"72. To be a contempt the defendant's conduct must be intentional and the act complained of must be done with knowledge of all the facts which make it a breach of the order. It is not, however, necessary to prove that the defendant knows it is a breach of the order. [One of the infringements was], at most, a technical breach of the order which was remedied once the problem … had been recognised. …
73. The position with respect to [the operation of a back issues website which, the defendant argued, was impliedly licensed] is more complicated. Although…, their operation does constitute an infringement …, this is an important and by no means straightforward point of law on which MGN, on advice, was entitled to take a different view. …. The fact that its motivation is in part commercial does not detract from the importance of what is in issue.
74. I take the view that disputes of this kind should not be resolved through the medium of committal proceedings. This is not a point which featured in the two actions that led to the consent order and it should have been resolved in ordinary proceedings to determine whether an infringement was involved in the operation of the websites.
75. The dangers inherent in generally worded injunctions or undertakings not to infringe a patent or copyright have long been recognised. They can often lead to a further round of litigation in order to determine whether an infringement has occurred. The resolution of this issue in the context of a committal application was described by Romer LJ in Multiform Displays v Whitmarley Displays  RPC 143 at page 158 as highly inconvenient. In the House of Lords ( RPC 260) Viscount Simonds (at page 262) said this:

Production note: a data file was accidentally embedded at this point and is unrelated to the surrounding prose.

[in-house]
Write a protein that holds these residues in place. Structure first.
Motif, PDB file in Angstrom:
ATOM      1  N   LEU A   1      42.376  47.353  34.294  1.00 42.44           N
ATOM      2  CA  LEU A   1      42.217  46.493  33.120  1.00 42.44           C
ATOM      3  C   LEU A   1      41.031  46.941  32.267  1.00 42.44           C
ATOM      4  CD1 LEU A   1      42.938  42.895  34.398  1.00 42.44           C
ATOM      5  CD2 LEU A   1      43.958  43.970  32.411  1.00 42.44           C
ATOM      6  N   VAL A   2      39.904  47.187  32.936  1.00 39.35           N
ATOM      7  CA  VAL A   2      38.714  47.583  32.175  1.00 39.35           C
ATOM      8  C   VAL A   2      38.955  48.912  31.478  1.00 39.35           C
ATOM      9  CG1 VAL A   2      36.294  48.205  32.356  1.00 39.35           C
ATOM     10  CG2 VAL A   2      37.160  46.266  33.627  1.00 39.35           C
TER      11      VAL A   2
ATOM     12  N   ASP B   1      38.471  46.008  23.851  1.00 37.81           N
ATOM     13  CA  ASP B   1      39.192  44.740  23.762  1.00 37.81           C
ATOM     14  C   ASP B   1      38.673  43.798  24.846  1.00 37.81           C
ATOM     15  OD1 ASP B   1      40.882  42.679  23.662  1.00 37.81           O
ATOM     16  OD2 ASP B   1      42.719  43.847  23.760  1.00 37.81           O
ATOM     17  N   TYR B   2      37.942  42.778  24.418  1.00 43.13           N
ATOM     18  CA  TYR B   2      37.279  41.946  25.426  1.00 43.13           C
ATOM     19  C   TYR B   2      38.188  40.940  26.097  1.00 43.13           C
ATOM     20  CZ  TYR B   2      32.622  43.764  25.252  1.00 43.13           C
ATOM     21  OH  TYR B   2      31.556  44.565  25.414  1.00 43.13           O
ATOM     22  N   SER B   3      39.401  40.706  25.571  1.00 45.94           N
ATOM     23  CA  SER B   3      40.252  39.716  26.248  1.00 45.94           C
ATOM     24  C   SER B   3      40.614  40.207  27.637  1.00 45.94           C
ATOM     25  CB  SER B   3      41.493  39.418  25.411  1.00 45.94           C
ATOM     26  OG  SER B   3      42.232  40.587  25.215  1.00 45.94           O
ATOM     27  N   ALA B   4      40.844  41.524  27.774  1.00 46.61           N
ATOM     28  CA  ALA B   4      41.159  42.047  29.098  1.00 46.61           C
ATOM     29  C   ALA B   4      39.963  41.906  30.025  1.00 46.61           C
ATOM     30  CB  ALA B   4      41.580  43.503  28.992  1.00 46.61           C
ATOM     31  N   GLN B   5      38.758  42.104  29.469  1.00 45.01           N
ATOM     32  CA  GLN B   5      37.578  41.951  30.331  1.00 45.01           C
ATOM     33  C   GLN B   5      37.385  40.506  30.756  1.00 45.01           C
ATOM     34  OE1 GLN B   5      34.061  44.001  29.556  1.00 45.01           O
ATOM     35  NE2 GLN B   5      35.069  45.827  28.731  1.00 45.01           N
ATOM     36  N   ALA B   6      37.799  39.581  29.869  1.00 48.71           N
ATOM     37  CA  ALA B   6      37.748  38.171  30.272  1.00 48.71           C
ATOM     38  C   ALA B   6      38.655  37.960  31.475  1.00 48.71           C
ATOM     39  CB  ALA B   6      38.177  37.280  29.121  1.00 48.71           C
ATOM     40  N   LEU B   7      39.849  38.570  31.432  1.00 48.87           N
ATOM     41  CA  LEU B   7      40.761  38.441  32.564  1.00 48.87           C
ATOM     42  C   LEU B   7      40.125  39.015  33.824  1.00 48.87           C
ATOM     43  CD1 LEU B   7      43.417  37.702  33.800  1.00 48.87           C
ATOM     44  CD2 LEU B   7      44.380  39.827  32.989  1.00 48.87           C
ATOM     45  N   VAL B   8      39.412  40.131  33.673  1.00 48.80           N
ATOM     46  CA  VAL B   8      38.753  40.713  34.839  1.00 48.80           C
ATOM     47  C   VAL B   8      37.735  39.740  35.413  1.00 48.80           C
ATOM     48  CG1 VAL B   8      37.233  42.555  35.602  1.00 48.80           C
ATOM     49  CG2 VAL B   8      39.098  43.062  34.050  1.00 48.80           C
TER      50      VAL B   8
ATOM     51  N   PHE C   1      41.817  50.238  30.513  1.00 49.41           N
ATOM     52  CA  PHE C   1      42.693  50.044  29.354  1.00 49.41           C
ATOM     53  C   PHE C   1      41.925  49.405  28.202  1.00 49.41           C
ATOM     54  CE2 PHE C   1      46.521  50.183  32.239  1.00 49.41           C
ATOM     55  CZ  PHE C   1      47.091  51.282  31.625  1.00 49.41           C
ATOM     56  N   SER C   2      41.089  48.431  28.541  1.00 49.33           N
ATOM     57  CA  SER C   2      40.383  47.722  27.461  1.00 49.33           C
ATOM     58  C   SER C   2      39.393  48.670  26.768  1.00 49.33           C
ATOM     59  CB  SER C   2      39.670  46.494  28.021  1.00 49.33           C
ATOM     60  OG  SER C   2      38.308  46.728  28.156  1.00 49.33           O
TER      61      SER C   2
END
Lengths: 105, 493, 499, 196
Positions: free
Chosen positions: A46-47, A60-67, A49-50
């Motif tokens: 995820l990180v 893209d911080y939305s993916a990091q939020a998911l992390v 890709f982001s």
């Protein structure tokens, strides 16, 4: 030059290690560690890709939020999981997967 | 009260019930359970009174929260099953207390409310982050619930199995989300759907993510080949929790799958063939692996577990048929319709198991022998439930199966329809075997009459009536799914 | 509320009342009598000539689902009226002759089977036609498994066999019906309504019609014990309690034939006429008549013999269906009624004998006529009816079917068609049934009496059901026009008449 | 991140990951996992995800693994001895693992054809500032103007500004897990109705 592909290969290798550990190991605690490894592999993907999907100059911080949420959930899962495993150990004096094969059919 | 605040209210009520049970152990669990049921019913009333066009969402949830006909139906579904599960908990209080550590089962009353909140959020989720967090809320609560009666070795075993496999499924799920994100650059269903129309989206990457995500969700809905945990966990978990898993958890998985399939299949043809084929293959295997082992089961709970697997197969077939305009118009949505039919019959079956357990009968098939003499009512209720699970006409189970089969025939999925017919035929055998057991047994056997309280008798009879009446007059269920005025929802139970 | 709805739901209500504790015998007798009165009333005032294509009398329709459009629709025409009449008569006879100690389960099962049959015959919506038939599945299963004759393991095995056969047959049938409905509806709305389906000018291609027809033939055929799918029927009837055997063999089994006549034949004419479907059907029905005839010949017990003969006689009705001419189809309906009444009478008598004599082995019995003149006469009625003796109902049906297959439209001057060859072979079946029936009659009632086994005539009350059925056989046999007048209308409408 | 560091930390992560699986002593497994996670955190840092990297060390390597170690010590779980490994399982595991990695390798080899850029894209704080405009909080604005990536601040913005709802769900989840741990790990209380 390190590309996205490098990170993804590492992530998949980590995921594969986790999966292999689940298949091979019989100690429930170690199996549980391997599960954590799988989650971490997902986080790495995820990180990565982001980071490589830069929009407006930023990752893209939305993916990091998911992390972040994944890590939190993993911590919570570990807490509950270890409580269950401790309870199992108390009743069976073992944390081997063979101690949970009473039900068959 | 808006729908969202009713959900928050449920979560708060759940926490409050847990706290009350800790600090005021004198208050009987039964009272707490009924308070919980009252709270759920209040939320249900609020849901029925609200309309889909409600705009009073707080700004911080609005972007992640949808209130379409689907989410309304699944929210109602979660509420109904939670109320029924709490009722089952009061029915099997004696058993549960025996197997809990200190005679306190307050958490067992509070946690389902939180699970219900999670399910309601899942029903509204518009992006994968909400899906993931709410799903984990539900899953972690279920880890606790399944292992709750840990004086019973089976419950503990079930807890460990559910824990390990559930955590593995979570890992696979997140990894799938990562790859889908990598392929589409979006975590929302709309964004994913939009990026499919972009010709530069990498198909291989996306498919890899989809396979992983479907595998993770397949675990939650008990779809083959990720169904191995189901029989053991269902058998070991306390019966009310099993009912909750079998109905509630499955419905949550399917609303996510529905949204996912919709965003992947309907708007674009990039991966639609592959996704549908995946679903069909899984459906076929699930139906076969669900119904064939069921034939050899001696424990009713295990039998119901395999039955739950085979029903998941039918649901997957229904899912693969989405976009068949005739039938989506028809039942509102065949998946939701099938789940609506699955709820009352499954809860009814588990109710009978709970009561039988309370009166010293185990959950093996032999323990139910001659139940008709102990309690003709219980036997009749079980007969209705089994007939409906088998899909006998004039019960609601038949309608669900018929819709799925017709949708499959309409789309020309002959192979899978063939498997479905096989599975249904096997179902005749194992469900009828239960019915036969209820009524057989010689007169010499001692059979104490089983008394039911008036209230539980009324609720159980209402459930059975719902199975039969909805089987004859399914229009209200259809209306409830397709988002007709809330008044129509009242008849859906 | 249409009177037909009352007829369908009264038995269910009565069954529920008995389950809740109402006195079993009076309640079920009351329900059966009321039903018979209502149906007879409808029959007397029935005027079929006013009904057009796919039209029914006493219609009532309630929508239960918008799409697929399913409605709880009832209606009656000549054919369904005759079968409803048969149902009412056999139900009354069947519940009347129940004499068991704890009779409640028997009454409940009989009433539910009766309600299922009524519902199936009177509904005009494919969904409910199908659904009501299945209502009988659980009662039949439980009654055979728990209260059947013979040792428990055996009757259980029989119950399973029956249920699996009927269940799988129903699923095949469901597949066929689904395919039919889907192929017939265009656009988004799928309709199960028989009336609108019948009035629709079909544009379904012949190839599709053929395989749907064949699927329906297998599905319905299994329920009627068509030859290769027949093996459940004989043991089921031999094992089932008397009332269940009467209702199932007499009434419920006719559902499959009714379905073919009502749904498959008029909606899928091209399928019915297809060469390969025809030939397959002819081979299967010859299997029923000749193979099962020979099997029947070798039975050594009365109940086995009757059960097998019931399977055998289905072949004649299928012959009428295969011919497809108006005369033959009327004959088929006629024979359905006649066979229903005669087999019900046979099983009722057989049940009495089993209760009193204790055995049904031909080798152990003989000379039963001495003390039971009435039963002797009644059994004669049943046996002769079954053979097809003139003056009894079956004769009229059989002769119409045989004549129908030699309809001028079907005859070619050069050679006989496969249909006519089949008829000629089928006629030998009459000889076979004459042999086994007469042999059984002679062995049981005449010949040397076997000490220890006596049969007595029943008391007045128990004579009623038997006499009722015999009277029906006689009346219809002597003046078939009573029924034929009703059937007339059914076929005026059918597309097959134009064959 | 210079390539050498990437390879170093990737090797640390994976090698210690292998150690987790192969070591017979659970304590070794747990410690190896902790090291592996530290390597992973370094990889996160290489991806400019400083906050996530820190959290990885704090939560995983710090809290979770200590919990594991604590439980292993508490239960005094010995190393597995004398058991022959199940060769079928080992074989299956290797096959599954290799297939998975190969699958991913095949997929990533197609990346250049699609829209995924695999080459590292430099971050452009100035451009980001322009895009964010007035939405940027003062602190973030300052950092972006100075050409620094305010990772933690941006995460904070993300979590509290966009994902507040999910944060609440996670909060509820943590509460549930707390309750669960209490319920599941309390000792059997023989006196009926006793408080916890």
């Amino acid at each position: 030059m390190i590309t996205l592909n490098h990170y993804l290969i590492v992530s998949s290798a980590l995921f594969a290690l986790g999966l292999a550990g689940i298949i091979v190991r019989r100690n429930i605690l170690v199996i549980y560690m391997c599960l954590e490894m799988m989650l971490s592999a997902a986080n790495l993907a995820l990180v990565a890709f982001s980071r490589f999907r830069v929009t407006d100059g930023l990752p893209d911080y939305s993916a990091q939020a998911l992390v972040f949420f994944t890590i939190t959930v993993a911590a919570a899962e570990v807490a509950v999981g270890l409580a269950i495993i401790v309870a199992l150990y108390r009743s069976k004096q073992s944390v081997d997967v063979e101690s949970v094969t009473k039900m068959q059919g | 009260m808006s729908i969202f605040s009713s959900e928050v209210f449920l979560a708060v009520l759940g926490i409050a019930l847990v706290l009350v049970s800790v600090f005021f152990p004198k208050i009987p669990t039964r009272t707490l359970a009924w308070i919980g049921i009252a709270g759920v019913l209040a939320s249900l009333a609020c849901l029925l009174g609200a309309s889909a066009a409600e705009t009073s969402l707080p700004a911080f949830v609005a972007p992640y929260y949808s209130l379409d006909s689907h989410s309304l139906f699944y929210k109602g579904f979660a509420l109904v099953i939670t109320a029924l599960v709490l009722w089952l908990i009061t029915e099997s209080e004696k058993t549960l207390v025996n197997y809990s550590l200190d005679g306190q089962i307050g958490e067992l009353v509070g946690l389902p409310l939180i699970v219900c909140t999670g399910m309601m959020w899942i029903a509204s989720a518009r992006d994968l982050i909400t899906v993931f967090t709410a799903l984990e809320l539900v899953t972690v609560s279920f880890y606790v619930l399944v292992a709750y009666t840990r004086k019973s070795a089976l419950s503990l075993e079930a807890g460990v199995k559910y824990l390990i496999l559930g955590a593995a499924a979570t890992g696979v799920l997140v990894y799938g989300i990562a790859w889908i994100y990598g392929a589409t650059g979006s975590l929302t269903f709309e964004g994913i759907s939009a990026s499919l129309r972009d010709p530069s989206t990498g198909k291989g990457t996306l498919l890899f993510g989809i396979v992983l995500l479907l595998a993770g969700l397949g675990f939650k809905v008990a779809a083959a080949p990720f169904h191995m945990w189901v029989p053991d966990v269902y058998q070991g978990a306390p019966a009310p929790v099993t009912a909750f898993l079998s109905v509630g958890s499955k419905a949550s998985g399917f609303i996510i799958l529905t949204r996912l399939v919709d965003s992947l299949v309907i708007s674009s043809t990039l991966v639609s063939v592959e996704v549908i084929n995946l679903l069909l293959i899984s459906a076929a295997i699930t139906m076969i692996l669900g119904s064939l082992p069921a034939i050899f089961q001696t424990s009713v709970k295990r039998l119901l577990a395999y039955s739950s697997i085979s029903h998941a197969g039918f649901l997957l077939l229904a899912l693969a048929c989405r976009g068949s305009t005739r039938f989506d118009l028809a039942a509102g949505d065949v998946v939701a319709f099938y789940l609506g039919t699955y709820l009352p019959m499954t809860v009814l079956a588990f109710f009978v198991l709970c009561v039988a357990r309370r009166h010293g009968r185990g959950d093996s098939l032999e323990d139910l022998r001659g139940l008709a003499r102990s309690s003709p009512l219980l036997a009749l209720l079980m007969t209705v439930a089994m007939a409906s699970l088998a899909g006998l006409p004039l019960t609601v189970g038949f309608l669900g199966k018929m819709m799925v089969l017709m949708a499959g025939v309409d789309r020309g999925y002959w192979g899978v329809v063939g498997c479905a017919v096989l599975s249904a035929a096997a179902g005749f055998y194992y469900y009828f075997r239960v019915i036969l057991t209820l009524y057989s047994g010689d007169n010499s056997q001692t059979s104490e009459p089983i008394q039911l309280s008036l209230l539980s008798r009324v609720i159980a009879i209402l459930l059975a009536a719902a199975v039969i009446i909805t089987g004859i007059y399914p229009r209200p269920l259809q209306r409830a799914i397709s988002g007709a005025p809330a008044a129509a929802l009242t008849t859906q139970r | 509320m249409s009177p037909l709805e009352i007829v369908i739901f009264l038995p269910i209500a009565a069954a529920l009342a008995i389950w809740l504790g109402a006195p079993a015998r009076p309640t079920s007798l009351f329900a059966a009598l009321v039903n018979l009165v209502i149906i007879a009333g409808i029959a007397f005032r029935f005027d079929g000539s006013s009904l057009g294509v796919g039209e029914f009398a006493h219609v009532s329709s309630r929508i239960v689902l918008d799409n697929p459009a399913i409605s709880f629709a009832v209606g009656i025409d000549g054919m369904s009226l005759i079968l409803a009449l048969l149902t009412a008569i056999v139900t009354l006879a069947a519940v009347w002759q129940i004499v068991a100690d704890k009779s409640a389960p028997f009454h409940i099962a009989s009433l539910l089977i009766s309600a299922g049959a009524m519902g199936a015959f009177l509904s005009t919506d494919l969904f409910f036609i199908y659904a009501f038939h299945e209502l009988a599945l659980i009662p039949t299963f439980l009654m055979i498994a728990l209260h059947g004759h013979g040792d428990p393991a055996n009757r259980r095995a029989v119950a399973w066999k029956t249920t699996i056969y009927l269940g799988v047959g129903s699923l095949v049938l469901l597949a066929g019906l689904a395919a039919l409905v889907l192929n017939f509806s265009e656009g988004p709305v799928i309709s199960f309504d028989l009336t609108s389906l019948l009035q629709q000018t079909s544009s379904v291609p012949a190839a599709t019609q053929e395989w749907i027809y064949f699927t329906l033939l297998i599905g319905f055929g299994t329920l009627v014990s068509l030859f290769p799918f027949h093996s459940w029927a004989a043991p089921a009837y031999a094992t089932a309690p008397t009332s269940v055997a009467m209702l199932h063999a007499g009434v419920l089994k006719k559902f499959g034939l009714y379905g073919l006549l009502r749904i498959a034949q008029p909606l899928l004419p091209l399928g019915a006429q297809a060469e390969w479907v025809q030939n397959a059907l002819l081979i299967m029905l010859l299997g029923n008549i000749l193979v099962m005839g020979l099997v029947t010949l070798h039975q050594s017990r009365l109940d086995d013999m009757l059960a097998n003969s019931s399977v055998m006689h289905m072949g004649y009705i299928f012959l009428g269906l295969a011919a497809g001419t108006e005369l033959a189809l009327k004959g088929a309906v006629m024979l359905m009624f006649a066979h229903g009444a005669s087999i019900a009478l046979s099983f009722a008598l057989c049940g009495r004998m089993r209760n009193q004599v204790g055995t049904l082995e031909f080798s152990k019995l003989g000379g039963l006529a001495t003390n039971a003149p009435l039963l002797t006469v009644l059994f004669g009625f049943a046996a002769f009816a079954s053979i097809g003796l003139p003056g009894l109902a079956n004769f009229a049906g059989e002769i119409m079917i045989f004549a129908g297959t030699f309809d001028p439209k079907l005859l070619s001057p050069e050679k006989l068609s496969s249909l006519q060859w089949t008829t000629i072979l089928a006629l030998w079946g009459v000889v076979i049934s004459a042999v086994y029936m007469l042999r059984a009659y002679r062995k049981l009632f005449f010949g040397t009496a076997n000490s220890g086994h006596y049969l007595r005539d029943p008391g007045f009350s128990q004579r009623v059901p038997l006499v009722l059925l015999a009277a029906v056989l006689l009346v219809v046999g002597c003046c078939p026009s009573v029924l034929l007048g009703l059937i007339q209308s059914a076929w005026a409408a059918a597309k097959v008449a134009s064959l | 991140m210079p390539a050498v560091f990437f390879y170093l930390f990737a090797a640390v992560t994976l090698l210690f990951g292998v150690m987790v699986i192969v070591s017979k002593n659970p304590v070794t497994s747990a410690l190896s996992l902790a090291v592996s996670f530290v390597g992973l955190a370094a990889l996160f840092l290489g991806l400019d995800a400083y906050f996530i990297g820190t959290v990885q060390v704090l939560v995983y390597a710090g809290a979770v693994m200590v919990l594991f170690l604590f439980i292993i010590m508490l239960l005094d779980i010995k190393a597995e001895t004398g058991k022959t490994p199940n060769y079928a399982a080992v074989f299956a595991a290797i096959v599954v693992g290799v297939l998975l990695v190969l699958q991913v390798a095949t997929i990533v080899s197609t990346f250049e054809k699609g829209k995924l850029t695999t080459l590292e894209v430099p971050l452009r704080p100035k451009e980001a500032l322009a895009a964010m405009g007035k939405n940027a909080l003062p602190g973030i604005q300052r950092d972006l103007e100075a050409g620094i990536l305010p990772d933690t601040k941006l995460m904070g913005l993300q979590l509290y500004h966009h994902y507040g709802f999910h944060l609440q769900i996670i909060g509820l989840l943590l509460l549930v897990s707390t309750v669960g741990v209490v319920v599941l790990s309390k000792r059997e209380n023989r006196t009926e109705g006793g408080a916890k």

"Thus it is, my Lords, that upon what was a motion for sequestration and committal your Lordships are asked to try an action for infringement of a patent, and, inconvenient though such a procedure may be, it cannot be denied that there is ample precedent for it, nor that in certain cases it may be an expeditious way in which patentees can enforce their established rights. It may, nevertheless, well be doubted whether in the present case it would not have been a better course if advantage had been taken of the facilities offered by Sec. 66 of the Patents Act, 1949, to have the issue of infringement tried in proceedings unattended by threats of committal and sequestration."
76. The corollary to this is that a respondent who on advice and in good faith maintains that the conduct complained of does not amount to an infringement should not ordinarily be penalised by a fine or sequestration in the event of failure merely because the applicant has chosen to use committal proceedings rather than to bring an ordinary claim in order to resolve the infringement issue".